Divine Dreaming

Digs & Discoveries January/February 2024


Ancient Mesopotamians believed that if they followed a proper set of instructions, they would have dreams that included contact with the gods. Assyriologist Aino Hätinen of Ludwig Maximilian University of Munich has studied a set of cuneiform tablets featuring guidelines for conjuring this sort of dream. The earliest of the tablets dates to around 1100 to 800 B.C., and the instructions are referenced in tablets dating to as late as the first century B.C. Often written by royal advisers, scholars, and scribes considered experts in omen literature, the texts were discovered in the ancient cities of Nineveh, Assur, Uruk, Sippar, and Babylon, in what is now Iraq. Hätinen has found that the texts offer counsel that varies based on the 12 lunar months of the year. “Usually it’s centered around a meal—the things you should eat, the clothes you should wear,” she says. “It also includes instructions about mood, whether to have sex, or where to sleep.”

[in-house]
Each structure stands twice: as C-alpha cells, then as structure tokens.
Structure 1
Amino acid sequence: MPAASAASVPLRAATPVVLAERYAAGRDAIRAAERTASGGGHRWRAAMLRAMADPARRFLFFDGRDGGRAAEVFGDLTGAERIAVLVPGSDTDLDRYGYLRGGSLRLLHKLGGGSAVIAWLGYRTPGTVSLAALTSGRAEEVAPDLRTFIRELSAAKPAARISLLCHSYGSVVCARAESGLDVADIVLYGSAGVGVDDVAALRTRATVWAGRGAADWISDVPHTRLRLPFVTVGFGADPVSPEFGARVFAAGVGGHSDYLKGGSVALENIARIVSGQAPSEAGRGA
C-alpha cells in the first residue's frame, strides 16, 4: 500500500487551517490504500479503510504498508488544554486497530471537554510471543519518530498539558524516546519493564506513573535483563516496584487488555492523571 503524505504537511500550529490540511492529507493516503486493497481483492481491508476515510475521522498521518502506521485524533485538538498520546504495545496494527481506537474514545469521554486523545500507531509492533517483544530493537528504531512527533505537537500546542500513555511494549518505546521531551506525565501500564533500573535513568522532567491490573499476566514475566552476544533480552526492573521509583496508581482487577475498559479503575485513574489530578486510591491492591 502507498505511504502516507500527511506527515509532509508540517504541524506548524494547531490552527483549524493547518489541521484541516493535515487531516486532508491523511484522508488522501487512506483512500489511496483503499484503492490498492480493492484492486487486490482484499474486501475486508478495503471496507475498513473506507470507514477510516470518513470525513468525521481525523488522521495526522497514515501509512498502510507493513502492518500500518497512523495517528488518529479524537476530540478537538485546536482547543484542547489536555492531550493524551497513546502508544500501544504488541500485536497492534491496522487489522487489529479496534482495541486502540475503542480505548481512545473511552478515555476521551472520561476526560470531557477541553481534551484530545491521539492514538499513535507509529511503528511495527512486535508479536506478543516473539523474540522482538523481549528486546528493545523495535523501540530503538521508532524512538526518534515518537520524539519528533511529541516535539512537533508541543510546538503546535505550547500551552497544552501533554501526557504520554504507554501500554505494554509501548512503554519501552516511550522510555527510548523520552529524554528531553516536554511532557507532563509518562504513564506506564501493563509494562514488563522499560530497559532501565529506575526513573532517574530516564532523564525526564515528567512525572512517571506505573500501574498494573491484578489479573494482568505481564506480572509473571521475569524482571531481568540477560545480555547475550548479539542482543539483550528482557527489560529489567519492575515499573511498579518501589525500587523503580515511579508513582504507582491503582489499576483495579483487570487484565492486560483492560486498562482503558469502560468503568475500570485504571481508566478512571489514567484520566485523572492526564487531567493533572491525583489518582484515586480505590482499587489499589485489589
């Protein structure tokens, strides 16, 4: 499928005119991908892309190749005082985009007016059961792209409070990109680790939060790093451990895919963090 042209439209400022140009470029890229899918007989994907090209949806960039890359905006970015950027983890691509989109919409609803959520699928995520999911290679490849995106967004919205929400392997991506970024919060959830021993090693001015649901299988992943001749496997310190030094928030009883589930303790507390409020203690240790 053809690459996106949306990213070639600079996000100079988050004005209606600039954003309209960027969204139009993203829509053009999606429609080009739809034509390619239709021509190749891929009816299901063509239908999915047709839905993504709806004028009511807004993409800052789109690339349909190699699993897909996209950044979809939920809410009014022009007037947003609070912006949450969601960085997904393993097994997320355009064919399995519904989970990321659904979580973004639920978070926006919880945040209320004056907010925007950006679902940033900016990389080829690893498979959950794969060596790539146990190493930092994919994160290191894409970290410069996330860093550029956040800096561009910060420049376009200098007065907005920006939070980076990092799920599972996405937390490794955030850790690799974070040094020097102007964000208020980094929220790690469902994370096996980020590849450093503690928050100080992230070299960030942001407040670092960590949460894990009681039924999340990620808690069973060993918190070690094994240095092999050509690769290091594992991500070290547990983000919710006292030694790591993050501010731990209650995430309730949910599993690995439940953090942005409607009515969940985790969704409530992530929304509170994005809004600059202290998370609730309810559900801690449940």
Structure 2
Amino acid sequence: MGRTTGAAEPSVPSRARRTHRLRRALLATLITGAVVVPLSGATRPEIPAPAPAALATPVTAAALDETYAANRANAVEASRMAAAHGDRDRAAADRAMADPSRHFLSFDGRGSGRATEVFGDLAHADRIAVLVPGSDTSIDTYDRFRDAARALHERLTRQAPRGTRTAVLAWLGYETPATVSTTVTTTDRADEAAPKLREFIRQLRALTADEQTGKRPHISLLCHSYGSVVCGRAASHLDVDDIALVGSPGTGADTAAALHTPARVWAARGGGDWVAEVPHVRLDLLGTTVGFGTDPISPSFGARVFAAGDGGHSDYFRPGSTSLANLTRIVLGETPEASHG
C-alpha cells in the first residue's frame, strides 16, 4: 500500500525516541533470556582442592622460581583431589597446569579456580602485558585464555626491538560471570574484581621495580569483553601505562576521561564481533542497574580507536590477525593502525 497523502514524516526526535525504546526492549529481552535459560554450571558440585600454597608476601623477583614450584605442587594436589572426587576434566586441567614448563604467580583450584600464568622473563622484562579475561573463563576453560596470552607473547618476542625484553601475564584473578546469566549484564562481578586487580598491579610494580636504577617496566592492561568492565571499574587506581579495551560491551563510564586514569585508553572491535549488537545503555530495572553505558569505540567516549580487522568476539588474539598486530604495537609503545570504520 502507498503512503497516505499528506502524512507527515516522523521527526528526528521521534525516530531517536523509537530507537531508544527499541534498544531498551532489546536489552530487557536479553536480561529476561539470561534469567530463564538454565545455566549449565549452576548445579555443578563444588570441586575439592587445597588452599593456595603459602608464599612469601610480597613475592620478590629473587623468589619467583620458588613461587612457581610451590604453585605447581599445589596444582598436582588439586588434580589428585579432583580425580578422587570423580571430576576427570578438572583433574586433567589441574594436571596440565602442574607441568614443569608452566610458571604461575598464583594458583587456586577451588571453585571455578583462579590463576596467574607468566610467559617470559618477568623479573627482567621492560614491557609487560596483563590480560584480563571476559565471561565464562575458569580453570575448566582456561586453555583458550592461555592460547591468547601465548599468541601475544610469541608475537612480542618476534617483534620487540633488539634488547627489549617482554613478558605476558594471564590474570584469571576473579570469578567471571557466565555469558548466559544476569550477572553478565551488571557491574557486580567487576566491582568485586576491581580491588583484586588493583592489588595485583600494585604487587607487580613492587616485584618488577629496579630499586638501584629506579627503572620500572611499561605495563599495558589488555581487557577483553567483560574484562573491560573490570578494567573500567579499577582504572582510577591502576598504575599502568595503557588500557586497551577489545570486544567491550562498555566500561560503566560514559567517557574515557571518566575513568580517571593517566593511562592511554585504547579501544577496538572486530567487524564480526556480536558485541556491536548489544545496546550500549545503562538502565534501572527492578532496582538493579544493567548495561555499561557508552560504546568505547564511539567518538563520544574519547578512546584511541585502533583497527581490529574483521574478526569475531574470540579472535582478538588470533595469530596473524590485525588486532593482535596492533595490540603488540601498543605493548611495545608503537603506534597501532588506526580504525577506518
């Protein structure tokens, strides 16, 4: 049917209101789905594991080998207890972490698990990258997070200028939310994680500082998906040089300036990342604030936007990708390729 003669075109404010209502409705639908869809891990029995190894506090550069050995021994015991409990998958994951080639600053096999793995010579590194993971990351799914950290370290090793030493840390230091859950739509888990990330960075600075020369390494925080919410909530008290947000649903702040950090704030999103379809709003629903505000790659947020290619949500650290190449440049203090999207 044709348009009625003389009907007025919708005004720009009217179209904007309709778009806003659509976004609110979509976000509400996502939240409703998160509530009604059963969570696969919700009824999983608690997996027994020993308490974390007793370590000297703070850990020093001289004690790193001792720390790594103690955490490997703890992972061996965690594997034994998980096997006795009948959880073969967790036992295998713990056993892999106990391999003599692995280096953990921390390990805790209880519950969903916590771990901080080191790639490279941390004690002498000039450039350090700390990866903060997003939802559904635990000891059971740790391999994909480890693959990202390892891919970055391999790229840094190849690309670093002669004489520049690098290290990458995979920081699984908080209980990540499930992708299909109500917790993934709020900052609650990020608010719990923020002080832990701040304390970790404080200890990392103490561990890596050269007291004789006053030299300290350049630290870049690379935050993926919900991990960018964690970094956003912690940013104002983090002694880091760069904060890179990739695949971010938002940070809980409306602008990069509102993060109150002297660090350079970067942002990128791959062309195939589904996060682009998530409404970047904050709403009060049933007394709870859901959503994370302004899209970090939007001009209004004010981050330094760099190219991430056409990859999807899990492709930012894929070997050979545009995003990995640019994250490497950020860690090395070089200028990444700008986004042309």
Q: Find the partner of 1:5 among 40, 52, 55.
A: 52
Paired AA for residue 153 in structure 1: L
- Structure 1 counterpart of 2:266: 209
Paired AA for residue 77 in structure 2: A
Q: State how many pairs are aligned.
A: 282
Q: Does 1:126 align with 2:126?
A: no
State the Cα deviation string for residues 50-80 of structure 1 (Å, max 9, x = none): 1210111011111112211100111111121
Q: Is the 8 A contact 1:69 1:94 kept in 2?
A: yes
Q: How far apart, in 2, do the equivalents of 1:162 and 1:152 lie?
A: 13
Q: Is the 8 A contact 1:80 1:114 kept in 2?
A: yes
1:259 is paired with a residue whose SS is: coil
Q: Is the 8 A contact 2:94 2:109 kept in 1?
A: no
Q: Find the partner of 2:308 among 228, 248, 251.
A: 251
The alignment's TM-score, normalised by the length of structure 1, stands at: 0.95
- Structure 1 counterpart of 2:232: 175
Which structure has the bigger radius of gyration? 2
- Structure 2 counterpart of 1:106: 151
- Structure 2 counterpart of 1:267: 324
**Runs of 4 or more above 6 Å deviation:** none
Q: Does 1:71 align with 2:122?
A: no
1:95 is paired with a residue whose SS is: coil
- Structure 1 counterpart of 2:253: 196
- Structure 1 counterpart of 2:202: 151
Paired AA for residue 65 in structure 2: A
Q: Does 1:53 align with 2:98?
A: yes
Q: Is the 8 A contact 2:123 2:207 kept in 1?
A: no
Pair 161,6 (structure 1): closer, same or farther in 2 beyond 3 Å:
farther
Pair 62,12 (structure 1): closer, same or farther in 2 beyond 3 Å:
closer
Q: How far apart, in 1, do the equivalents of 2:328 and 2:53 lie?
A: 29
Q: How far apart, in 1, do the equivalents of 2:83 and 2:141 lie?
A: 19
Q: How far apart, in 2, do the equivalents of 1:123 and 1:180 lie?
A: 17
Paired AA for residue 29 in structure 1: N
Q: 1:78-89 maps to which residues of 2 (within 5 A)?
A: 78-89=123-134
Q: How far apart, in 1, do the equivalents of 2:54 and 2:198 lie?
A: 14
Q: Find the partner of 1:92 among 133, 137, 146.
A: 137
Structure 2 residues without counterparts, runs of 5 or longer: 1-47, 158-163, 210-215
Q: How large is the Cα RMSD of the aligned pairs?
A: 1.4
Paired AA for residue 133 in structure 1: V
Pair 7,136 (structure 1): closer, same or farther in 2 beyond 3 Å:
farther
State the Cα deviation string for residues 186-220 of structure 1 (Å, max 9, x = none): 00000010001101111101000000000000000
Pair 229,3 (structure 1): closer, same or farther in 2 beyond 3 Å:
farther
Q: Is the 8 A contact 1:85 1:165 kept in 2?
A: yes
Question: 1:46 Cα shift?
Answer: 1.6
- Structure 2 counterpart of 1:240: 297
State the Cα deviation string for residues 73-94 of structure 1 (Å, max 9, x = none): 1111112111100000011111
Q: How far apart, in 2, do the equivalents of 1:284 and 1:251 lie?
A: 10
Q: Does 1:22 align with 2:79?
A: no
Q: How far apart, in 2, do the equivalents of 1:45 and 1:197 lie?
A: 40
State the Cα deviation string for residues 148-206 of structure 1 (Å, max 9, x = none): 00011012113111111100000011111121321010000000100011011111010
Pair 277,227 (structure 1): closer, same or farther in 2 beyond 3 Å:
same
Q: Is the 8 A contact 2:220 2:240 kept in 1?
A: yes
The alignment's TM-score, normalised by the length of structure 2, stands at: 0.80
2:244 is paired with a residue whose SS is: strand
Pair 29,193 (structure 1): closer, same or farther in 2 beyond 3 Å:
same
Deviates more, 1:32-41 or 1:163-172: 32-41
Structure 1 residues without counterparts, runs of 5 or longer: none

One text offers this advice: “A man should smear himself (with dirt), he should anoint himself with oil. He should stay gloomily silent.…He should sleep in a passage.” Following this sort of guidance, the writers claim, will invoke auspicious visions enabling people to commune with a range of gods—whether personal deities, malevolent divinities, or gods of the netherworld. People could even tailor their behavior to gain an audience with the deities of their choice. “Instructions to sleep on the roof allow you to communicate with the gods of the night,” says Hätinen. “You don’t have to go to an altar in a sanctuary, you can have this direct contact just by looking to the sky.”